Mark Stevenson, at six foot one, is preppy slacker chic with a razor-sharp mind and rapid-fire speech. He is so lively and enthusiastic that his own cartoon speech bubbles would probably be the size of the sparse-modern room at the KL office of the London Speaker Bureau, where we meet.
Words like ‘future narrative’ and ‘cultural engineer’ lay innocuously like hangers-on of an entourage in Mark Stevenson’s officially-released public profile, so, of course, it is imperative I demand he ‘break it down’ for me. This need becomes more insistent when Nobel Prize winners and centuries-old periodicals with reputations beyond reproach, alike, have praised his book. In retrospect, it was good that I wasn’t aware of this at the time, because the author is far more interesting when you come at him with non sequitur questions and latent scepticism.
Because he takes it all in genuine good-natured humour, even if he is exhausted by a whirlwind two-day-stopover that is the Kuala Lumpur leg involving the highly-fascinating pit stops of airport, office, perfunctory press interviews, a speaking engagement and airport. In that order.
It’s ground zero before Stevenson’s next-day speaking engagement, one of many globally where he imparts his own eclectic brand of sage advice, findings, observations and very charming deadpan humour.
The blue-eyed, former vocalist of a music band and first-class Honours graduate has some serious conversational chops.
But do not imbue him with the cult status of a “personality”, because he is much more than that.
For starters, he actually has personality. I paraphrase this from his off-the-cuff gem-of-a-quip during the photo shoot.
‘Adept communicator’, too, comes to my mind after trading serious and unserious verbal volleys with him. Stevenson is almost a force of nature on his own, the living embodiment of the phrase, ‘don’t join a movement: BE the movement’.
Stevenson is a change-meister, a thought-propeller and idea-celebrator.
It seems money-minting corporations and government bodies take him seriously, even if he does deliver his sermons in a vaguely rock-star fashion of laconic cool.
“There are various biographies of me with various different attempts to describe what I do,” he laughs lightly by way of a self-deprecating preamble, but he believes “the only way you can change society is by shifting culture at its roots.”
“I have made it my aim in life to put optimism of ambition and pragmatism of approach back into the centre of culture.”
He tries to do this in every way he can think of. The words are uttered as an earnest statement of a genuine belief that he can, in fact, help change the world around him. He must be succeeding in this aim somewhat, I deduce, if lots of people are paying to jet him to far-flung places wherein he speaks to hundreds, asking them to rethink what they’re doing. But with wit and authenticity.
He has set up a learning consultancy, he responds to my verbal poke about how his thoughts translate into concrete action, “where we work with cultural institutions and schools, mostly in the UK, and now we have a subsidiary in Delhi.” They’re trying to design an optimum learning environment, he explains, where critical thinking is key, where spaces are created for people to ask the right questions, and where they can learn research-based skills to solve problems.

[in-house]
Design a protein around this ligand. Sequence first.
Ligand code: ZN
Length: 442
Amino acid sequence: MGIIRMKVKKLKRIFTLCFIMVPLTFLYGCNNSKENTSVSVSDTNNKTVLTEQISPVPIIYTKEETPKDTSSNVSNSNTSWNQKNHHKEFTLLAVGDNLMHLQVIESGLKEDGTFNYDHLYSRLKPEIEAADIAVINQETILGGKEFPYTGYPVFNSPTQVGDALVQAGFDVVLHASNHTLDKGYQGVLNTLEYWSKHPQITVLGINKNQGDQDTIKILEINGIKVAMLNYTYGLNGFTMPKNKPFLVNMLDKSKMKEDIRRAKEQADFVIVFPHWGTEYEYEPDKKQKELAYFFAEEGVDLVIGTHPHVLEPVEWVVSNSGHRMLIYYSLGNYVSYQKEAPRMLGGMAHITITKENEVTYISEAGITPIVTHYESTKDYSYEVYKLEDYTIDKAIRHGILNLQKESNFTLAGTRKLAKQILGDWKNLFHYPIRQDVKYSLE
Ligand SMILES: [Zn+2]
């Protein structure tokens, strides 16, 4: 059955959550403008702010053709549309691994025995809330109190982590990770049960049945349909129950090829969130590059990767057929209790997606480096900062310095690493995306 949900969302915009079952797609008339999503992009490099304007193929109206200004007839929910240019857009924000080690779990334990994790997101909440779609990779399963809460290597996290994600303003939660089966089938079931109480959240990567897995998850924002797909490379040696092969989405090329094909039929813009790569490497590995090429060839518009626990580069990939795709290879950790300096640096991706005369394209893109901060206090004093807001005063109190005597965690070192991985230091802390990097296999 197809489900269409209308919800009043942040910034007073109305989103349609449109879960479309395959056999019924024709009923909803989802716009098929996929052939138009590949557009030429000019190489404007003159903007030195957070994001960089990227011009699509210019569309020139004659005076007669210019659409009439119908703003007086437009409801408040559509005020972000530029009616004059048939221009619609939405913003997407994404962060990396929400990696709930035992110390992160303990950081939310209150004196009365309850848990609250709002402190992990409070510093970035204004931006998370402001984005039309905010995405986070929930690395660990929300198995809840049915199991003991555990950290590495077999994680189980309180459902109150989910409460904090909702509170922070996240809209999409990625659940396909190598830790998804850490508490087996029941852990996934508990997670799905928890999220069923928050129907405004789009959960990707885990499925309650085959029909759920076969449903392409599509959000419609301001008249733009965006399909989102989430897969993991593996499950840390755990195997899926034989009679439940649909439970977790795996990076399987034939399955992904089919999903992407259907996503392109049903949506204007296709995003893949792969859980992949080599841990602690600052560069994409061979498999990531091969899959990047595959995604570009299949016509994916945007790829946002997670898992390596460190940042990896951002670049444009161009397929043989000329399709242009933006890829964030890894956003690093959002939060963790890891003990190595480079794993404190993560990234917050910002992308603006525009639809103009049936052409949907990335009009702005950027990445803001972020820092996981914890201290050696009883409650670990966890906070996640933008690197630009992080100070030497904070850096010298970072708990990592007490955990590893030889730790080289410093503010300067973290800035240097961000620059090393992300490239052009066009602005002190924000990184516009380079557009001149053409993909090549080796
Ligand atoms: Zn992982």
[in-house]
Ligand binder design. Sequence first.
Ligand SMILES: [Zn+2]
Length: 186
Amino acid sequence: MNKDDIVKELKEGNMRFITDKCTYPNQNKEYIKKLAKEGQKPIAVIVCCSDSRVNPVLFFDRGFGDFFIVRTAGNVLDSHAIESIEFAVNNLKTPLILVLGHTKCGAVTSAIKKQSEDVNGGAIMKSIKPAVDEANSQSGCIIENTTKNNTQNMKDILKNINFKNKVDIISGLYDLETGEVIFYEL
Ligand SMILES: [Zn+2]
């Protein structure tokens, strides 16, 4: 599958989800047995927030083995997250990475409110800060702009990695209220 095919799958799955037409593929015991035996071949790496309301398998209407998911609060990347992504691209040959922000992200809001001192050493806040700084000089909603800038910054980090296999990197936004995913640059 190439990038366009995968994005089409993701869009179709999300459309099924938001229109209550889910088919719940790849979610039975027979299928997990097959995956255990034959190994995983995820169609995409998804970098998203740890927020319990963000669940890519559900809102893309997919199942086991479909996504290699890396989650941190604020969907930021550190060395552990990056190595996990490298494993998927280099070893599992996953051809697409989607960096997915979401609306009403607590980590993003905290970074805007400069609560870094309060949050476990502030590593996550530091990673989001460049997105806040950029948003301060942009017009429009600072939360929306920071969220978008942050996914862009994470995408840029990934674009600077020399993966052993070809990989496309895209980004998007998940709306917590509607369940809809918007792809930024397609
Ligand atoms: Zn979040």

I am briefly reminded of a phrase where it was said the new millennium would be marked not by learning, but by un-learning and re-learning.
And this partly happens when I thumb through his much-lauded 2011 book of essays: “An Optimist’s Tour of The Future – A Curious Man Sets Out to Answer What’s Next?”.
In the book, Stevenson travels far and wide and speaks with a mind-bogglingly diverse group of people, and he writes of an equally wide-ranging tableau of subjects. The reader is faced with questions such as
“Would people get married if they knew they would live forever?”
or that despite advancements in communication technology, humans are still making the same mistakes and yet, the world is becoming less violent. Stevenson challenges some deep beliefs and long-ingrained “truths” and perceptions, and it is fascinating.
It helps enormously that he delivers his observations – such as how world leaders still don’t quite get it – in an intelligent, calm yet very funny, glib and occasionally cheeky voice.
This is a far cry from his days as the vocalist of a band that “enjoyed some notoriety in Japan” or from his work as a cryptographer or his stint as a stand-up comedian. He’s done battle in corporate fields and been hailed as something akin to a genius, but he was, frankly, bored by it. It’d be quite easy to disregard it as his mid-life crisis-come-early if he didn’t make a lot of sense, really.
“The other way (to translate this work into action) is by public engagement,” he adds. “I want people to understand what’s happening with science and technology, because the world is going through a very big shift now. The digital revolution was just the beginning,” he asserts with that unwavering blue-eyed gaze that punctuates his keen resoluteness.
Most books written about science and technology are read by people who read books about science and technology, he quips, not without a trace of good humour at the edges, but he wants to make people like his mum and heads of countries and corporations understand – that we have the tools to handle the future with its looming gargantuan problems such as climate change, and that there are “bigger things” than each of us, at stake.
“This is an attempt to let people see a different narrative of the future,” he explains, “and sometimes you have to lose more times than you win at the beginning, but I get emails saying,
‘I read your book. It changed my life.’.”